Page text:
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ABOUT

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CLAIRE ONGLEY


1991            Born in Kent
2009            University for the Creative Arts

2010-13    Leeds Metropolitan University

2015            The London Art Academy, London.



Represented by Trowbridge Gallery since 2013.


Live and work in London



FINE ART


My focus involves juxtaposing the unpredictable use of paint against the ‘rehearsed mark’. Playing with compositional ideas, which are anti gravitational or that have a sense of displacement. Previously, I used collage as a formal framework to compositional ideas. Now, spontaneous, yet considered compositions are fabricated from imagination. Masked areas allow this spontaneity within that space, and once the masking is removed the viewer is denied from total chaos and brought back to the thought-out composition.


The significant difference in scale of brushstrokes establish breaks from the rest of the painting. The motifs that are strategically placed become devices to create a tension. The flowers, birds and insects are organic, colourful forms, which in paint create intimate painterly encounters. They also have a particular place in the history of painting and as traditional subjects, but become 'awkward' because of how they are composed. The pace of the paintings are dictated through the gestural marks spread over a large surface and are intended to generate an energy. Some marks appear accidental, but others are highly controlled, sometimes rehearsed, time and time again on paper prior to being placed on the canvas.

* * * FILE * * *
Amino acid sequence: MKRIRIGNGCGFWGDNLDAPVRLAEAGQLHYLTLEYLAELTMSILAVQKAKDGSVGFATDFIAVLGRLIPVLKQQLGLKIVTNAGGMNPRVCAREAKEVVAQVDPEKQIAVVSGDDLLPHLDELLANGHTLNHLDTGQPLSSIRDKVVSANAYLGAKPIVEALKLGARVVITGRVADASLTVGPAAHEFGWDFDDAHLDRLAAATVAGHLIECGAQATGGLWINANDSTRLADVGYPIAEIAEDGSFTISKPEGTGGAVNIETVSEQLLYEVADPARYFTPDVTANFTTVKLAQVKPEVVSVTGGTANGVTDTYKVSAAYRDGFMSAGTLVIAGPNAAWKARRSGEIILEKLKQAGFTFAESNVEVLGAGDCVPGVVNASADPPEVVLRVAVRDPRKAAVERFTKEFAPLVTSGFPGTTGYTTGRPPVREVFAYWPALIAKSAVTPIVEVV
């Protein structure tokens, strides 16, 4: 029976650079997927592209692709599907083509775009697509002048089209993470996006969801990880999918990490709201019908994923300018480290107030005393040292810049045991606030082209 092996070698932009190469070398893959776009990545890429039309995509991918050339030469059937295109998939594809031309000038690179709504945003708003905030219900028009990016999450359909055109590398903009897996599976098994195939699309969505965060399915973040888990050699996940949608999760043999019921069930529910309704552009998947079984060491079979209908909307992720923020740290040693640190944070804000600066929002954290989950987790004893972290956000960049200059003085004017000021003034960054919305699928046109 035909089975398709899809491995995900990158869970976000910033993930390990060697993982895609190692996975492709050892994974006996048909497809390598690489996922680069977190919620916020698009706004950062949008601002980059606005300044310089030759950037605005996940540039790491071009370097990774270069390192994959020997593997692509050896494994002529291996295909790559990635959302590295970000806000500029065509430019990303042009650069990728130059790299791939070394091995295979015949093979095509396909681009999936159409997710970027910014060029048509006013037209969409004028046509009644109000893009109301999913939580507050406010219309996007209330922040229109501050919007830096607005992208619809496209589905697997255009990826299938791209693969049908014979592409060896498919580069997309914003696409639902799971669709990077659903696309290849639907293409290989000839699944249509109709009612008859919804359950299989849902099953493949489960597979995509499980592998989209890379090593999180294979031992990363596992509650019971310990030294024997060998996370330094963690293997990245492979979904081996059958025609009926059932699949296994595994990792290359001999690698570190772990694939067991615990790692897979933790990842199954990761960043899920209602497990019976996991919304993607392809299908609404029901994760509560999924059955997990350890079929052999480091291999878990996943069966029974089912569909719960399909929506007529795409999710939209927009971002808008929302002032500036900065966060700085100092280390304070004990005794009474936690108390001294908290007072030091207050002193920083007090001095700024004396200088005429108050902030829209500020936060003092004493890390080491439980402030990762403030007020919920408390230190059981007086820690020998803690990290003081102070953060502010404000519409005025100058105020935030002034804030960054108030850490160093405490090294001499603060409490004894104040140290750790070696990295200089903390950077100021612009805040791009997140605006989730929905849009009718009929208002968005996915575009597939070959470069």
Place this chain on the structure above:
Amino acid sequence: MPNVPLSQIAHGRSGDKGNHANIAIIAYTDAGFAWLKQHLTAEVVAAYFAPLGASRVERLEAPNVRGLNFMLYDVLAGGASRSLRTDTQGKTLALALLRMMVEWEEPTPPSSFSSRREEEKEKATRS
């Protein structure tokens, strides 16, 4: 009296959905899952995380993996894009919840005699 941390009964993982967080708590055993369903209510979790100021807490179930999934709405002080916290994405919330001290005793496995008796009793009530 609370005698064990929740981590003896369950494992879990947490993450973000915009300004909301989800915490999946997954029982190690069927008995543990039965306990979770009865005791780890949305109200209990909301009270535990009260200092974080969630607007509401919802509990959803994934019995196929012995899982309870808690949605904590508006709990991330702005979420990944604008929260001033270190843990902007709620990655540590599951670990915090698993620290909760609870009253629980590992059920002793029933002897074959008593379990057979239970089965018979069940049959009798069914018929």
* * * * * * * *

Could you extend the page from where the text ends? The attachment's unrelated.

Traditionally, gold has been used in painting symbolically and narratively. I use it as a mechanism. The floating singular geometric shapes that can sometimes appear provoke exploration but in a controlled order. It isn’t a statement of value; it is the reflective surface’s disruption of the painted surface that is exploited.


Illusion is evident throughout the body of works and pictorial spaces are constructed by layering and by shifting perspectives, inspired by Baroque techniques of painting. By using a luminescent initial layer, the classical technique, imprimatura, is adapted. Glazes are applied untraditionally but still with the same function, which is to amplify light and establish drama and theatricality.


In the 1980’s, postmodernism collided a diverse mix of influences in an exciting way. I am using similar points of reference (the Baroque, figuration, abstraction, monochrome) but to cross-refer and compose a deliberate and symbiotic awkwardness that, for me, reflects what it is to paint and to look at paintings in the 21st century.